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Drake Anderson’s huge day propels a solid offensive showing in Northwestern’s first win

Outdoing your dad is always fun, especially when it leads to both a career performance and a victory.

NCAA Football: UNLV at Northwestern David Banks-USA TODAY Sports

He may have started the week as effectively the third running back behind an injured Isaiah Bowser and Jesse Brown, but you sure wouldn’t know it from the confidence Drake Anderson displayed on the field against UNLV.

The redshirt first-year, despite not becoming the feature back until the second half, finished with 26 carries for 141 yards and a touchdown to lead Northwestern (1-1) to a 30-14 win over UNLV (1-2).

Jeremy Larkin always says to prepare like the number one,” Anderson told the media after his breakout performance.

The shifty back, who broke out a pink blazer for the press conference after his big day, certainly seemed to take those words from Larkin to heart.

Drake had a great offseason,” his head coach remarked. “He was really close to being in the mix last year... He had a couple of tough plays against Stanford. I thought he responded really well today... He’s got a bright future ahead of him.

Anderson certainly took advantage of the opportunity he was given on Saturday. Though he didn’t rip off any big runs, the son of former Northwestern legend Damien Anderson showed off his ability to make attackers miss on nearly every play in which he got the ball. His longest carry on the day was just 13 yards, allowing him to showcase a measure of consistency alongside his evident panache.

Nowhere were the two more closely intertwined than on his first career touchdown, as he showcased his patience by allowing the offensive line’s blocks to develop in front of him before slipping through an arm tackle and strolling into the end zone:

The youngster, wise beyond his years, gave full credit to “NWO” (the Kurt Anderson-influenced nickname the team seems to have given the offensive line) and Kyric McGowan for setting him up on the play after the game. But his running ability was evident enough from the impressive performance for at least one prominent Wildcat alum to notice:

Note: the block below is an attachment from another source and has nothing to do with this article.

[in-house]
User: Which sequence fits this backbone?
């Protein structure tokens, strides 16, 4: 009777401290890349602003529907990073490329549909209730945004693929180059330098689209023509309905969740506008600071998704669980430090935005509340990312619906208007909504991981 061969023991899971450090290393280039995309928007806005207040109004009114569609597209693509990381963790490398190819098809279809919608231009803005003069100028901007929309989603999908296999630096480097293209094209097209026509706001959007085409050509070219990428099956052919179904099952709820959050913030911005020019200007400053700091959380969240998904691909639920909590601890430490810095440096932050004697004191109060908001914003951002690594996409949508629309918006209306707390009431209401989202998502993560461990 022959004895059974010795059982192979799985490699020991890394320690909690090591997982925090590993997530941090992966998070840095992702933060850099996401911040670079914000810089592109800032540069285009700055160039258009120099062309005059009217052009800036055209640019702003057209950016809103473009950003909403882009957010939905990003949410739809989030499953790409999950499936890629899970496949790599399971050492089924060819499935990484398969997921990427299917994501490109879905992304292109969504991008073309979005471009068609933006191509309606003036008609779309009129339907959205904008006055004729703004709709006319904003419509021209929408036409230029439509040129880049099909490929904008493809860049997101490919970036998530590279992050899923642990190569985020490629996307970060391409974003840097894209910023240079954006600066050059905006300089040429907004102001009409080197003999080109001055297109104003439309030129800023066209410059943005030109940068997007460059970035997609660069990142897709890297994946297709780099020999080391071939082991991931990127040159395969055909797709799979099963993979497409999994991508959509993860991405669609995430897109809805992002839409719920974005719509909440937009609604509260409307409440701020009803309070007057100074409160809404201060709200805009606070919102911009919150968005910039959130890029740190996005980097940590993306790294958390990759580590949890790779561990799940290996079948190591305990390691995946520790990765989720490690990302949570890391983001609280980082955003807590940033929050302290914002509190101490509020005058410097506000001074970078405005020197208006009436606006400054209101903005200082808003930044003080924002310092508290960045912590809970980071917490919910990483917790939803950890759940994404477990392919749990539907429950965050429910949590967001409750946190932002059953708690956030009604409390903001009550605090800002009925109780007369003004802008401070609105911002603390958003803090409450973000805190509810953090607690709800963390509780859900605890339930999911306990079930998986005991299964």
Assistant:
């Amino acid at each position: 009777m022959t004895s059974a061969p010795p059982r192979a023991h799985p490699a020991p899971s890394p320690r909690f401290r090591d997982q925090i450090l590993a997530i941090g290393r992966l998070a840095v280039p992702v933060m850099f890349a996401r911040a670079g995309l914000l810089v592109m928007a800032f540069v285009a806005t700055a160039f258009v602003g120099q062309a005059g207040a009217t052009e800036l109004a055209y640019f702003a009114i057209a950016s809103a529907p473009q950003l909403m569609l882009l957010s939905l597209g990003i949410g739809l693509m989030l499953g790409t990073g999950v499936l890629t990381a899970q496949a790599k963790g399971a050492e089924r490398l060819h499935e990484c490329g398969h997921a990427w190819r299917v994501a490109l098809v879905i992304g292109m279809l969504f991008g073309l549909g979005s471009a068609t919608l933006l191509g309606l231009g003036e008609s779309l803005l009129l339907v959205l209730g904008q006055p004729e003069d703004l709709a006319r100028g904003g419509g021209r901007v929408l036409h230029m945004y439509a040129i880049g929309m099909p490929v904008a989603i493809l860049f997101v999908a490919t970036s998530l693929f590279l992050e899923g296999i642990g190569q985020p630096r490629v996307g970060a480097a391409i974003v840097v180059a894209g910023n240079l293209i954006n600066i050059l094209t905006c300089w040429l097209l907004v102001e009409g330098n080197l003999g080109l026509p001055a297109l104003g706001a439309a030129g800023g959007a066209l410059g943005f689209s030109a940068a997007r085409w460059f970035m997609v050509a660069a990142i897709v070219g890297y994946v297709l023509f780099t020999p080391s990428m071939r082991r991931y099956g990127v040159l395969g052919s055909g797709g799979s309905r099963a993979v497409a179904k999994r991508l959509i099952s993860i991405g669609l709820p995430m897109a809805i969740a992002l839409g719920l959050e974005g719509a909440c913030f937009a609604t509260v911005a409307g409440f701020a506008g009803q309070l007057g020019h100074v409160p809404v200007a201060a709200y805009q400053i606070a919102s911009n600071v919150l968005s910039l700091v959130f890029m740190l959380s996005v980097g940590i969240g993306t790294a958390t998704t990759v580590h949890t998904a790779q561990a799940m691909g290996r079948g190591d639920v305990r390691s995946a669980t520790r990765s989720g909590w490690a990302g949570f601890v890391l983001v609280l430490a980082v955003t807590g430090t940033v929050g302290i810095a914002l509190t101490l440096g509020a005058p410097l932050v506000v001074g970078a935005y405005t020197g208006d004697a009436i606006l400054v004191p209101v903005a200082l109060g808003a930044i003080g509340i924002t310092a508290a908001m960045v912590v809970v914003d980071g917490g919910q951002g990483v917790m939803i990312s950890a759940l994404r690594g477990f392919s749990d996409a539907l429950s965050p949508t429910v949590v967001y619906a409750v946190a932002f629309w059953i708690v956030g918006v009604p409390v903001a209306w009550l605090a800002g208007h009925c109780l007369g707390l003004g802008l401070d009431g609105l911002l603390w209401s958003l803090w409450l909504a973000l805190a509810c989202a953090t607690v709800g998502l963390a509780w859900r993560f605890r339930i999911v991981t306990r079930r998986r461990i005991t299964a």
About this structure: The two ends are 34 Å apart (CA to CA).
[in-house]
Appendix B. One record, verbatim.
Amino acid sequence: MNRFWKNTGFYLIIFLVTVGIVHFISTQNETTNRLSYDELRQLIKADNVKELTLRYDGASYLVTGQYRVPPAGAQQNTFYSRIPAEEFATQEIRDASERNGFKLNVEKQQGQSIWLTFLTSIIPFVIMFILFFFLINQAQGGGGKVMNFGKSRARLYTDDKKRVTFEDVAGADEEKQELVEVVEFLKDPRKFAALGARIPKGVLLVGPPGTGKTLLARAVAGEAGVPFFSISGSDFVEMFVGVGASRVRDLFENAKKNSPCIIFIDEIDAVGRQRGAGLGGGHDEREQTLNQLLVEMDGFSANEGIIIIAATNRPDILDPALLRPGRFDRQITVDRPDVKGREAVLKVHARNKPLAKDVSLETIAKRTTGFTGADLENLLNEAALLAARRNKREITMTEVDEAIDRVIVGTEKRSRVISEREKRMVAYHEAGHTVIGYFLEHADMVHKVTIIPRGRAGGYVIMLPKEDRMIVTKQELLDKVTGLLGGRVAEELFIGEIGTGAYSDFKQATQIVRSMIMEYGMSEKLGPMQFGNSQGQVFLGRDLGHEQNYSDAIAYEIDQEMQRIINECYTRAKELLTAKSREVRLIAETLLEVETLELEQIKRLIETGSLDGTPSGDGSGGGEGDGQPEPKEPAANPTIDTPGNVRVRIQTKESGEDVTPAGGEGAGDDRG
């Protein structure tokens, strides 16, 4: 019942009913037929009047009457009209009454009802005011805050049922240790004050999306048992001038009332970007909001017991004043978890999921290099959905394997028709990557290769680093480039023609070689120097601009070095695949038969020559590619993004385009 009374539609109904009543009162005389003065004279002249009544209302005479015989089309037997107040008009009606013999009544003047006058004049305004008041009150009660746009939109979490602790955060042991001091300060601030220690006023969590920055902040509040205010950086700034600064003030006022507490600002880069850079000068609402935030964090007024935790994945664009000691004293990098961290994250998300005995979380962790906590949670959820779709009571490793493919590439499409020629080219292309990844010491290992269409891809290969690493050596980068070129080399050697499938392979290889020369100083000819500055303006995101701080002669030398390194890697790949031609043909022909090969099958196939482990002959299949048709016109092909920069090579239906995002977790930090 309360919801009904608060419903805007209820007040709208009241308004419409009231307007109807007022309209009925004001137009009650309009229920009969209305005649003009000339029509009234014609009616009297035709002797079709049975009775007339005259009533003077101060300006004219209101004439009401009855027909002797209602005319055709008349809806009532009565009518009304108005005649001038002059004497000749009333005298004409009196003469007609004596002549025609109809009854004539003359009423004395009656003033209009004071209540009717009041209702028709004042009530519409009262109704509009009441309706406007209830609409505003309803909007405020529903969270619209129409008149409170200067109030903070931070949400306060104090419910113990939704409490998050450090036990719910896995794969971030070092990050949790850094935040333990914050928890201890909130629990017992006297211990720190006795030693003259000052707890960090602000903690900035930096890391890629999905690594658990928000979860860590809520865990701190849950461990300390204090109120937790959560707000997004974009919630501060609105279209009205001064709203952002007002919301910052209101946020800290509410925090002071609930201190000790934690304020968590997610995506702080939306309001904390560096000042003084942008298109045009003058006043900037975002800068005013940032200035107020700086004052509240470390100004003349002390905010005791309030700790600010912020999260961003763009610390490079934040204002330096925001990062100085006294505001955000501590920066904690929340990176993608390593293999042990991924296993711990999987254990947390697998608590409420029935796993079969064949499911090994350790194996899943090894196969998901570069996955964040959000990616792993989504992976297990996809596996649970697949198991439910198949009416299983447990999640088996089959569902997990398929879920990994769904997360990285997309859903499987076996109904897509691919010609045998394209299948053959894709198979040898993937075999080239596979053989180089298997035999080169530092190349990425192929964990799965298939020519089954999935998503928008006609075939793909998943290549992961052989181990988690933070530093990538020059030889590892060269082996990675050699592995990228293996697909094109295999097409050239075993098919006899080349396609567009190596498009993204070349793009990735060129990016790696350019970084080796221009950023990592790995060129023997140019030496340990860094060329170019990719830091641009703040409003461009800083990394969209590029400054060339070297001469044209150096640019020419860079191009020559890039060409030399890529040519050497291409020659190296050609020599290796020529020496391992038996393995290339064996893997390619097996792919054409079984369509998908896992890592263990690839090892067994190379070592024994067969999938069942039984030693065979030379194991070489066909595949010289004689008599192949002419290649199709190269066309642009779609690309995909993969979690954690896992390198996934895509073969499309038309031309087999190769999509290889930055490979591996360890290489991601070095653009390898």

While Anderson’s style certainly resembles that of Jackson’s, with both earning an “undersized” label and having to use plenty of finesse to get the job done, there maybe another former Northwestern running back to whom it would be easier to compare the newcomer.

It was about 18 years ago that Drake’s father had an almost equally impressive performance against the UNLV Rebels. Damien Anderson (pictured above with his wife) finished with a stat line of 113 yards on 28 carries in Northwestern’s 2001 win over the Rebels.

With a pair of role models like Damien, a former pro, and JJTBC, a current one, the sky is the limit for the Chandler, Arizona native. Even as his role in the offense diminishes with the (hopefully) looming returns of Bowser and Brown, Anderson’s showing against UNLV should earn him plenty of chances down the road despite Northwestern’s depth at running back.

Further showcasing the newfound depth at the position group, Jesse Brown, who finished with 79 yards on just nine touches after his aforementioned injury, showed plenty of explosion during his chances in the backfield. The oft-overlooked junior displayed a surplus of patience and effectiveness in his own right, proving that he can be more than just a third-down back.

When asked about Brown’s day, Fitz touted the injury-prone back’s gritty qualities. Jesse has overcome a ton of adversity. A tough, physical guy, always plays with square shoulder pads. A guy waiting for his opportunity and took full advantage of it.”

The run game’s electricity against UNLV can also be credited in large part to the tireless work of the offensive line. The big guys up front not only protected Hunter Johnson well, but gave the running backs plenty of time and space to create the big plays that ended up putting the game away.

In the passing game, Johnson started to look like the five-star that fans were promised. Despite a few poor decisions, one resulting in an interception, he looked calm and composed in the pocket. The Clemson transfer was able to both make the important throws down the stretch and scramble when the receivers weren’t giving him anything.

His deep ball looked gorgeous: without some tough drops, Johnson could have easily tallied three touchdowns, over 200 yards passing, and a solid completion percentage to boot. Meanwhile, the designed quarterback run game and its interplay with the rest of the rushing offense is looking better than it has since the days of Kain Colter. Good signs all around.

Johnson credited the play calling and the support he received from his teammates for his success down the stretch. “Connecting on that play with JJ was a big play for the offense. A great route for JJ and a great play call....It was just a slant and go, we read the coverage.”

But for Johnson and the rest of the offense, an entirely different challenge awaits. Any success against UNLV can pretty much be thrown out the window as Big Ten play and a date with one of the top rushing defenses in the country in Michigan State looms. To get past the Spartans, the Wildcats will need to have as many of their weapons as possible executing at a high level.

NU’s in-game improvement against UNLV, and the general dominance they displayed up front, certainly serves as a good start. The true test will come when the offense has to apply the lessons they learned on Saturday to a pissed-off Spartans defense. But if we learned anything from Johnson’s deep shots and Anderson’s confidence, it’s that the Wildcats will embrace the challenge.